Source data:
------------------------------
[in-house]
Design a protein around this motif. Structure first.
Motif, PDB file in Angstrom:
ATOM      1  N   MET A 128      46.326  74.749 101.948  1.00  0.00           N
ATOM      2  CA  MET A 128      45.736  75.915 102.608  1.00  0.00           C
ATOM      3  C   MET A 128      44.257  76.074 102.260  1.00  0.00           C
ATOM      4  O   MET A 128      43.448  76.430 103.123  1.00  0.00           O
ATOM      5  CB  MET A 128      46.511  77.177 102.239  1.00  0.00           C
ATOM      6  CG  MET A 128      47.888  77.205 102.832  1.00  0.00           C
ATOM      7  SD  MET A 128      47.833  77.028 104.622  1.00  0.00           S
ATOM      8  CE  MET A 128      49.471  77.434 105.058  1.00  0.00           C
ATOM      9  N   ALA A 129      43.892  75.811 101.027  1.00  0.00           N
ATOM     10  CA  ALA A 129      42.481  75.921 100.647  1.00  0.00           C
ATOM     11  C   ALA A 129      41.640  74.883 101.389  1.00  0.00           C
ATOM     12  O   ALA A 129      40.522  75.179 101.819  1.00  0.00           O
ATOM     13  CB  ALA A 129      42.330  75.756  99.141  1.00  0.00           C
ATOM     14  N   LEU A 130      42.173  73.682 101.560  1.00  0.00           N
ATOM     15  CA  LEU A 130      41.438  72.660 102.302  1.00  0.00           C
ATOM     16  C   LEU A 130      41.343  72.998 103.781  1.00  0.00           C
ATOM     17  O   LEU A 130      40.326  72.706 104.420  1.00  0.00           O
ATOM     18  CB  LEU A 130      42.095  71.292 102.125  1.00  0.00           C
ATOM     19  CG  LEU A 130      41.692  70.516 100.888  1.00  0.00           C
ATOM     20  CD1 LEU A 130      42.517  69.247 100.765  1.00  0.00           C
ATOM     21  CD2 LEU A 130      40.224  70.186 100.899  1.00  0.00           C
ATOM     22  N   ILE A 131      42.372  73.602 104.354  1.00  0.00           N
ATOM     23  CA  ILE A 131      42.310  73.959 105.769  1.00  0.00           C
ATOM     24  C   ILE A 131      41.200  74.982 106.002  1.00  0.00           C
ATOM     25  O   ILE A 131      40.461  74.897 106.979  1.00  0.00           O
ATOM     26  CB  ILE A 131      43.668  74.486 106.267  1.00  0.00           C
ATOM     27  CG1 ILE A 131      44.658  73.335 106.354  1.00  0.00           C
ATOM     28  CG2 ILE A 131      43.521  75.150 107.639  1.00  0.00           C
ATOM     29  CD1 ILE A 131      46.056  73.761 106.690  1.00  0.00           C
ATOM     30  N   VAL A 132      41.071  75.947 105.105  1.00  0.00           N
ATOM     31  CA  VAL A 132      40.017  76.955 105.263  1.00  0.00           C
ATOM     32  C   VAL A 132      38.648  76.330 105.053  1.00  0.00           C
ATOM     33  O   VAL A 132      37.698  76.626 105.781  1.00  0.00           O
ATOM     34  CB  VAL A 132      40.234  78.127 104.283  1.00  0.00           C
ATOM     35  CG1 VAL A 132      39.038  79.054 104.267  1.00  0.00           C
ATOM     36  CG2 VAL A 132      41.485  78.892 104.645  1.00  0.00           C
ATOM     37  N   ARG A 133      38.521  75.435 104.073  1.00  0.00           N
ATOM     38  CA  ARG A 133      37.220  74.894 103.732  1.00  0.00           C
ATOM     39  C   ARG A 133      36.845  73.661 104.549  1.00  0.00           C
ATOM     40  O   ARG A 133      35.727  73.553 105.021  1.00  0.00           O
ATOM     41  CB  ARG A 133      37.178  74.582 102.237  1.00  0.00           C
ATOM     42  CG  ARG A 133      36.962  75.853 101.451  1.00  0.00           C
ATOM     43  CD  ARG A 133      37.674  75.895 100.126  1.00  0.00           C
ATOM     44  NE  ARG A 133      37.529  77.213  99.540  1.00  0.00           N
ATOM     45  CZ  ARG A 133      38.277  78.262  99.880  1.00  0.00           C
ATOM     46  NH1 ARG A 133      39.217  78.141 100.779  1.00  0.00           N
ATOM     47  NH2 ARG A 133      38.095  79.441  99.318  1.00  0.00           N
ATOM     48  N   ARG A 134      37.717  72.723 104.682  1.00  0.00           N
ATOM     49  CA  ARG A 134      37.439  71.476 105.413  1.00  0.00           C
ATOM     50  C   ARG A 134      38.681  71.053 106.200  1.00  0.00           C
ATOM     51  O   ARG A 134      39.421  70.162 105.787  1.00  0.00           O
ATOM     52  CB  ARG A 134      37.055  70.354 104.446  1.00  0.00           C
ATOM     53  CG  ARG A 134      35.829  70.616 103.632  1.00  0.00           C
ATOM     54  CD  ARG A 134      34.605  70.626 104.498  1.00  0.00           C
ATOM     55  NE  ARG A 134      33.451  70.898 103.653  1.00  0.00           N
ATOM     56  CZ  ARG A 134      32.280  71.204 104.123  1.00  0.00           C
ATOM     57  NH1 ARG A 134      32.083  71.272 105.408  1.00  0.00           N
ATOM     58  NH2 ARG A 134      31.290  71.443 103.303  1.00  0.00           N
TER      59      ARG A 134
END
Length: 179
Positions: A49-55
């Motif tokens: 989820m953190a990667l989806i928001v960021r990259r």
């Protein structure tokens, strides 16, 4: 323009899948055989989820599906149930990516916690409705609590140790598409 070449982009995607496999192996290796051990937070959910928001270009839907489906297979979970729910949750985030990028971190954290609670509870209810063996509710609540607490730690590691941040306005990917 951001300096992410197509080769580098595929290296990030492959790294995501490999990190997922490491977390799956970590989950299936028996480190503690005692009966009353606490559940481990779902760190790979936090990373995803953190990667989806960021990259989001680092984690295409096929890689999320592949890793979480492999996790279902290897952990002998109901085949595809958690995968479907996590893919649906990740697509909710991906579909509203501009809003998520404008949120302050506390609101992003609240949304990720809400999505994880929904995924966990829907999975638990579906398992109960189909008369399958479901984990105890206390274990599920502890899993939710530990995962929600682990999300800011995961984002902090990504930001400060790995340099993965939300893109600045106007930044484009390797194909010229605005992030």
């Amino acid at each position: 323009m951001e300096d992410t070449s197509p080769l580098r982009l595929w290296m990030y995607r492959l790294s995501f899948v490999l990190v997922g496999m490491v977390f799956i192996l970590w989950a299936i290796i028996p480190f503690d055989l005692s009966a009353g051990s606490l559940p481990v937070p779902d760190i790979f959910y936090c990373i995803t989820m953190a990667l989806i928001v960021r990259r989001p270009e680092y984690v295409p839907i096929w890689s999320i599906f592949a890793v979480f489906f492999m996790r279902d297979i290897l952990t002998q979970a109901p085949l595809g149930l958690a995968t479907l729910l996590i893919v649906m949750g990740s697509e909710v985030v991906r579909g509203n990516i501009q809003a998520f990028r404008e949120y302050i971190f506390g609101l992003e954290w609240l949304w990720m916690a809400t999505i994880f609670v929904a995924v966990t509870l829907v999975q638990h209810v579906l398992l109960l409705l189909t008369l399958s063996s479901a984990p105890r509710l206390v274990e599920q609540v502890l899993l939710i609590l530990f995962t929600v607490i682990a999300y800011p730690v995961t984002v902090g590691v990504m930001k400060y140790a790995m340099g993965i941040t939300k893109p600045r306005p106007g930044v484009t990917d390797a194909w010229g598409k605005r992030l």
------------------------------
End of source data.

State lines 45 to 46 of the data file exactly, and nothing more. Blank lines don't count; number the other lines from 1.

ATOM     42  CG  ARG A 133      36.962  75.853 101.451  1.00  0.00           C
ATOM     43  CD  ARG A 133      37.674  75.895 100.126  1.00  0.00           C